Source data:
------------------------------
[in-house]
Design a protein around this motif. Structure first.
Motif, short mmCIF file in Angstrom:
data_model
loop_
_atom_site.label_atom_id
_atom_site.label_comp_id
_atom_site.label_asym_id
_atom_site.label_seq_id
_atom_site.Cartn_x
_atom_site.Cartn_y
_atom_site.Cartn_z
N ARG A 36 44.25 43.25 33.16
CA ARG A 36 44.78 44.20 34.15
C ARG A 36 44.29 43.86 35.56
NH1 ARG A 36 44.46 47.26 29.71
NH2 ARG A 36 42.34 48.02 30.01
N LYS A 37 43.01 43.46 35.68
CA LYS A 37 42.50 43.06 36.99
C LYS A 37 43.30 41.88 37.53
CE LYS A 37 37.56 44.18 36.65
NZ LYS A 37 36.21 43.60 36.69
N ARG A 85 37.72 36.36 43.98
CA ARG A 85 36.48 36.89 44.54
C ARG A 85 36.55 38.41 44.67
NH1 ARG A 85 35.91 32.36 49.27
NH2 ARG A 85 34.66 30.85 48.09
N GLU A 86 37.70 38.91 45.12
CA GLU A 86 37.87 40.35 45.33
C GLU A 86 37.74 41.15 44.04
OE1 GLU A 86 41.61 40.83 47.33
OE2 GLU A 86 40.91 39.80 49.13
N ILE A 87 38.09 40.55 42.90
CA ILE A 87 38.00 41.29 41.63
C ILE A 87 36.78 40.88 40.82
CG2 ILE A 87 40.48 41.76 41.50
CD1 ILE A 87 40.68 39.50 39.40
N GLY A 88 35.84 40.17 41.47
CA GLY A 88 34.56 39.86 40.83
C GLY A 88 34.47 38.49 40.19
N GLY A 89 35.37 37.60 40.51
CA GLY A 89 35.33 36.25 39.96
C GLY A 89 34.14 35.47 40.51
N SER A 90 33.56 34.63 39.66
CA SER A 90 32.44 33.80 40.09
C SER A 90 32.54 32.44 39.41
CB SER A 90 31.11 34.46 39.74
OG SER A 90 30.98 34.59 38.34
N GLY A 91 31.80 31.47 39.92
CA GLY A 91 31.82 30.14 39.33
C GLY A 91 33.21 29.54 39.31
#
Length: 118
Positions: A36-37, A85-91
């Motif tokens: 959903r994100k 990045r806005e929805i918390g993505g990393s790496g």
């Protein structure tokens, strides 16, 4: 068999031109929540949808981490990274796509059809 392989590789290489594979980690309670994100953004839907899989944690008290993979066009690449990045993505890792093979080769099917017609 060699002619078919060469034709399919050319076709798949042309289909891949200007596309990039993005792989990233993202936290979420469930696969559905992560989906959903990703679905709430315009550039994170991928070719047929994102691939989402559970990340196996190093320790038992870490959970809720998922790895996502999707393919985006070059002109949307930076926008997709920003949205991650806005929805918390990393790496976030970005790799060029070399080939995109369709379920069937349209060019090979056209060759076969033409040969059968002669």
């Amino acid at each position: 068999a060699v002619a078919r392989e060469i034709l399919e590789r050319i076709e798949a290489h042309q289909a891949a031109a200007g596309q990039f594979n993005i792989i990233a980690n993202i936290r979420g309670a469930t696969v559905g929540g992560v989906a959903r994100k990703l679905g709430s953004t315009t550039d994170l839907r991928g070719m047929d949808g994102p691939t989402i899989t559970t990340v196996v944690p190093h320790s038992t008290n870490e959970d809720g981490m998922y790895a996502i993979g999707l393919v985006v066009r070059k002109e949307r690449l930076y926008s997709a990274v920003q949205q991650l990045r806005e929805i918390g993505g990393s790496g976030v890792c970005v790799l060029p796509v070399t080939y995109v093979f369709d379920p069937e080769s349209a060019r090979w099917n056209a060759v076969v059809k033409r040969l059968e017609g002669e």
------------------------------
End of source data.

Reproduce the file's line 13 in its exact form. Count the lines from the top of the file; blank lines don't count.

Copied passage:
N ARG A 36 44.25 43.25 33.16